Logan D. A. Williams teaches the capstone course for the Science, Technology and Society Scholars program and a course on engineering ethics for the Department of Electrical and Computer Engineering at the University of Maryland. Previously, at Michigan State University, she taught “Introduction to History, Philosophy and Sociology of Science” in Lyman Briggs College (also a living–learning community) and a graduate course, “Qualitative Field Methods,” in the Department of Sociology.
In the classroom, Williams uses evidence-based techniques that enhance students’ ability to communicate professionally, conduct research and analyze findings.
Topically, Williams studies health and information technology; however, her broad research interests include: responsible research, inclusive design, gendered innovation, innovation from below, technology transfer, technology users/non-users, and technology governance. She organizes the Knowledge From the Margins scholarly network and, in 2015, organized a conference by the same name, funded by the National Science Foundation (NSF). Her doctorate in science and technology studies from Rensselaer Polytechnic Institute involved multi-sited research in North America, Africa and Asia funded by NSF, Council of American Overseas Research Centers, Rensselaer and Council of Women World Leaders.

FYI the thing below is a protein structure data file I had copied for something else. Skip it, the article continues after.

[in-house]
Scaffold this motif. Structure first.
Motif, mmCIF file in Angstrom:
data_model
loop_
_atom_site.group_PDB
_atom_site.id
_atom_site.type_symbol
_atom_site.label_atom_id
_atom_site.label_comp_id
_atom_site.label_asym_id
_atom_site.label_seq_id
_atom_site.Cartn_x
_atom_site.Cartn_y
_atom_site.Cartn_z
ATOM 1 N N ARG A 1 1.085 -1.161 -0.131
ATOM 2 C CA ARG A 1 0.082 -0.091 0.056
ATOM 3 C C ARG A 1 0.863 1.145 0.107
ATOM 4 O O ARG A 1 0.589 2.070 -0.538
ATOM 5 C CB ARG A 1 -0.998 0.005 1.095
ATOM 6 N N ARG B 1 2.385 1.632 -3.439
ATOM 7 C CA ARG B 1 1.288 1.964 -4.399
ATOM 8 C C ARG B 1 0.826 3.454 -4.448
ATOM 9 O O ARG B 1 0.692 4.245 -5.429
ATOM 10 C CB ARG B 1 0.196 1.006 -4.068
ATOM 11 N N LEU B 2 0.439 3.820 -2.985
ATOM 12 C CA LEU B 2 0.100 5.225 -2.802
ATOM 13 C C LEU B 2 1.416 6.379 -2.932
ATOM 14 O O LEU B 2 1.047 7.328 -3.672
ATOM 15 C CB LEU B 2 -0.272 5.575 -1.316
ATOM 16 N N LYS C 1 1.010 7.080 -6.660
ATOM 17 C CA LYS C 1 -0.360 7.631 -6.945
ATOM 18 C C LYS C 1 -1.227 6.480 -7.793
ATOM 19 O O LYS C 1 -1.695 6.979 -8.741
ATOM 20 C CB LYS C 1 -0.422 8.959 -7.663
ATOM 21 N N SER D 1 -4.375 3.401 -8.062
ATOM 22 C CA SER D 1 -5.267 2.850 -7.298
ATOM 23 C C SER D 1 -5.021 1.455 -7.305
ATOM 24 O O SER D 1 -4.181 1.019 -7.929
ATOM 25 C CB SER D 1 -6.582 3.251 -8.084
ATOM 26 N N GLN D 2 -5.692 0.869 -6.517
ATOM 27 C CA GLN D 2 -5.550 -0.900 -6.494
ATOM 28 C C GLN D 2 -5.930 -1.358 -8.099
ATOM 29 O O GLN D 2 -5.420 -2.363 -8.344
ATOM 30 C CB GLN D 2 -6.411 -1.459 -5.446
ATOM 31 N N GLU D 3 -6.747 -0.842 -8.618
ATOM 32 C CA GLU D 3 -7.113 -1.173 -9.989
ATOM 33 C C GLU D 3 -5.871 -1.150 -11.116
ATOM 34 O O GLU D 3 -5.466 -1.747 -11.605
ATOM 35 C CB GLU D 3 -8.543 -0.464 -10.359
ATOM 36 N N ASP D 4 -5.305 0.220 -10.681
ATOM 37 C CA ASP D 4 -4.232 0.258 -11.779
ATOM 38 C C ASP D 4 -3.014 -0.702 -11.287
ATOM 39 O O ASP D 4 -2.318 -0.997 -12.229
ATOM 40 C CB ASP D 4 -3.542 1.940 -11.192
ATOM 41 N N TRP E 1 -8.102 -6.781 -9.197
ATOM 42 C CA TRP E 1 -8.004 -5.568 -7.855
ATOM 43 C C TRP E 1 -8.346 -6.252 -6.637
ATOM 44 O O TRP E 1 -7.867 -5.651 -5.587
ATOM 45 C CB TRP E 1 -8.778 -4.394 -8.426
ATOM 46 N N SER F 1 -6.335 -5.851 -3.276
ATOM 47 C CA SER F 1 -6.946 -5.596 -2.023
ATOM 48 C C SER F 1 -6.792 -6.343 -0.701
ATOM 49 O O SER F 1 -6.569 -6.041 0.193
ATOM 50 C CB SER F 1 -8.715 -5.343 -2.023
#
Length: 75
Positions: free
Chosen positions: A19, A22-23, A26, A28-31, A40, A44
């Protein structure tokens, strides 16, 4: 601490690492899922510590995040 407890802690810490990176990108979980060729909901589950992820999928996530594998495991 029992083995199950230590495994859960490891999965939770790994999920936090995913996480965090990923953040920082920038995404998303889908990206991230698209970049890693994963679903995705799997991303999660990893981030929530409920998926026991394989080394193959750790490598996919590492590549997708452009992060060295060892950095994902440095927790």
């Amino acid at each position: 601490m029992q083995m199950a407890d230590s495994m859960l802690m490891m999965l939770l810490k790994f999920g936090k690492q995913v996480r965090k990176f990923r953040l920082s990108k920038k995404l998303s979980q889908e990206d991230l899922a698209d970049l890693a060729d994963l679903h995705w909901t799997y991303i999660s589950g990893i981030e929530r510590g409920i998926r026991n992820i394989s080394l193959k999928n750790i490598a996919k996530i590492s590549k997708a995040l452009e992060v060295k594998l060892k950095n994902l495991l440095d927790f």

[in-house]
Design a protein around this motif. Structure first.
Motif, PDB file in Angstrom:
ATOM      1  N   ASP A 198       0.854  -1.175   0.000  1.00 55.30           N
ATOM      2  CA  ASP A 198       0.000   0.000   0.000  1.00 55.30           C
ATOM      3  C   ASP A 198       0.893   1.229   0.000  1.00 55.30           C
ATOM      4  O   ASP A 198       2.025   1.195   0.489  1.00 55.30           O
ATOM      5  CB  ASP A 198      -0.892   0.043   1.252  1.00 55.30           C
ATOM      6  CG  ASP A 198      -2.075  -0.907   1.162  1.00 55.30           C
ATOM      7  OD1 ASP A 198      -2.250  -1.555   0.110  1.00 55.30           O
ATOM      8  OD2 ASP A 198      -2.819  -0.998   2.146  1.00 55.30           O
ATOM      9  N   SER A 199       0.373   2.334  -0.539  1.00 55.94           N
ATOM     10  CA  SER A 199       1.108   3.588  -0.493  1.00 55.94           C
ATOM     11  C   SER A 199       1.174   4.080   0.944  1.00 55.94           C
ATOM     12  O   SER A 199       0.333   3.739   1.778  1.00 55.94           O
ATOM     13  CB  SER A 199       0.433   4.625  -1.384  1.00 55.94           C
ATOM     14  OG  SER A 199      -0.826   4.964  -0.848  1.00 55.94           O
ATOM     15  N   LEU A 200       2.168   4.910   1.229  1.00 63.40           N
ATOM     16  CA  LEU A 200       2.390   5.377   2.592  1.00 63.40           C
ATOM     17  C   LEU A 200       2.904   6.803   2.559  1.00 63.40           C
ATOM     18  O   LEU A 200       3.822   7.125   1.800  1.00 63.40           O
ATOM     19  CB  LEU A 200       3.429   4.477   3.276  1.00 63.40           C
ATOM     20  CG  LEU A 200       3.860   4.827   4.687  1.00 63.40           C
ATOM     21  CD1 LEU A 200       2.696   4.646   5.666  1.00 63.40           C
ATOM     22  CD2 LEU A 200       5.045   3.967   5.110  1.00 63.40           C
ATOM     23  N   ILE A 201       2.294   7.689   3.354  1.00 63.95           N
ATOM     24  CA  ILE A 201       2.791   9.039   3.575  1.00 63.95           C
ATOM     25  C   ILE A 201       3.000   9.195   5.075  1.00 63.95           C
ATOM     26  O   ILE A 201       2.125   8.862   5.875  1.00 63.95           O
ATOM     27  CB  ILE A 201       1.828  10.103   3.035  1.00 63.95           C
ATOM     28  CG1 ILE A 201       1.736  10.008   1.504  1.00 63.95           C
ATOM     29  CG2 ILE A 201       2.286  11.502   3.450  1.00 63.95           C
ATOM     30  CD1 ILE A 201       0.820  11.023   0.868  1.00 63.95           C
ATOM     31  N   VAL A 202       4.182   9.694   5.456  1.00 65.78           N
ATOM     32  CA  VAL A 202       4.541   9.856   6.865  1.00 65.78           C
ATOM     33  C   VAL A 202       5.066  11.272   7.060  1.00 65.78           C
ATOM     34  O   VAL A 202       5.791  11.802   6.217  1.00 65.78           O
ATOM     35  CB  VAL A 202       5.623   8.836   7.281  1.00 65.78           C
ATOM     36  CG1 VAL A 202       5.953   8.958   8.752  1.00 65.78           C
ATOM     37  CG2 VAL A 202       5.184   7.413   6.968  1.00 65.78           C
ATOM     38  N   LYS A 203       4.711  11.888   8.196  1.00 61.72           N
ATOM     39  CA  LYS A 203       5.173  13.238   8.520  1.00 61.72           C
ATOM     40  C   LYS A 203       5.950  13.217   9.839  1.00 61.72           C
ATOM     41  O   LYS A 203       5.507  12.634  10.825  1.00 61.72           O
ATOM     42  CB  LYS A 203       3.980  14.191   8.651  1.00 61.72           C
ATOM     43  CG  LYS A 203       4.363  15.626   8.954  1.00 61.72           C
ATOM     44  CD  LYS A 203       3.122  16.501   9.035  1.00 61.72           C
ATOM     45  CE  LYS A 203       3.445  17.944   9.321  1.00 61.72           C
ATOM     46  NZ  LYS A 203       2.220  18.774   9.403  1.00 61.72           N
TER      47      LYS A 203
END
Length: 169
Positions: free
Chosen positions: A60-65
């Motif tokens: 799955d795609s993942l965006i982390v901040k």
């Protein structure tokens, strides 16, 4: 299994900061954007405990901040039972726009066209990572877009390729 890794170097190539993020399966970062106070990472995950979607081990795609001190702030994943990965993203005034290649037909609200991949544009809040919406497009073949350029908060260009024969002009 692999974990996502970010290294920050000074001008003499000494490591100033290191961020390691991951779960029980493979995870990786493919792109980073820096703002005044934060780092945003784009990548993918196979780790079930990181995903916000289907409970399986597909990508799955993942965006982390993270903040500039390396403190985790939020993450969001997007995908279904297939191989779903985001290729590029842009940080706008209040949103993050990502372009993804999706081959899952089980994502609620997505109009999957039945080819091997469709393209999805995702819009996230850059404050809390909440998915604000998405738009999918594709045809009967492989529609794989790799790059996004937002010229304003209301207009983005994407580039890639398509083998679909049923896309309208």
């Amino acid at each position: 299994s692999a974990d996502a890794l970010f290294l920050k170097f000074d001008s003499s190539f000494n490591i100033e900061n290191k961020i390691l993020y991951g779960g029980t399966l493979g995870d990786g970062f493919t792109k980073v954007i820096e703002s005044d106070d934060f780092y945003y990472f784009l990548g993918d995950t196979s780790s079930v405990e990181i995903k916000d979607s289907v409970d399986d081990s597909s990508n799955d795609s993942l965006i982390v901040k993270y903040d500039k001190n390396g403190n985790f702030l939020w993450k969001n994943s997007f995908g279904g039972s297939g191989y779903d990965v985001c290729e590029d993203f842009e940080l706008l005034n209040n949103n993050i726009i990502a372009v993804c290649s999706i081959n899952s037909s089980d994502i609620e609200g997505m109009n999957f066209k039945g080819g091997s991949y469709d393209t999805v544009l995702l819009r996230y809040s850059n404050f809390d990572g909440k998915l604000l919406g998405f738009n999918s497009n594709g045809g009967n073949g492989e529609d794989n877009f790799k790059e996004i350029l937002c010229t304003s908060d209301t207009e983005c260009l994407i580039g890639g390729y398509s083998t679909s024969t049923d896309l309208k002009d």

As an undergraduate student at Iowa State University, Williams interned for Chevron-Phillips and IBM, while working on her Bachelor of Science in Mechanical Engineering and enjoying the camaraderie of Society of Women Engineers. She also developed a novel biomedical diagnostic device while acquiring her Master of Science in Mechanical Engineering from University of Colorado at Boulder.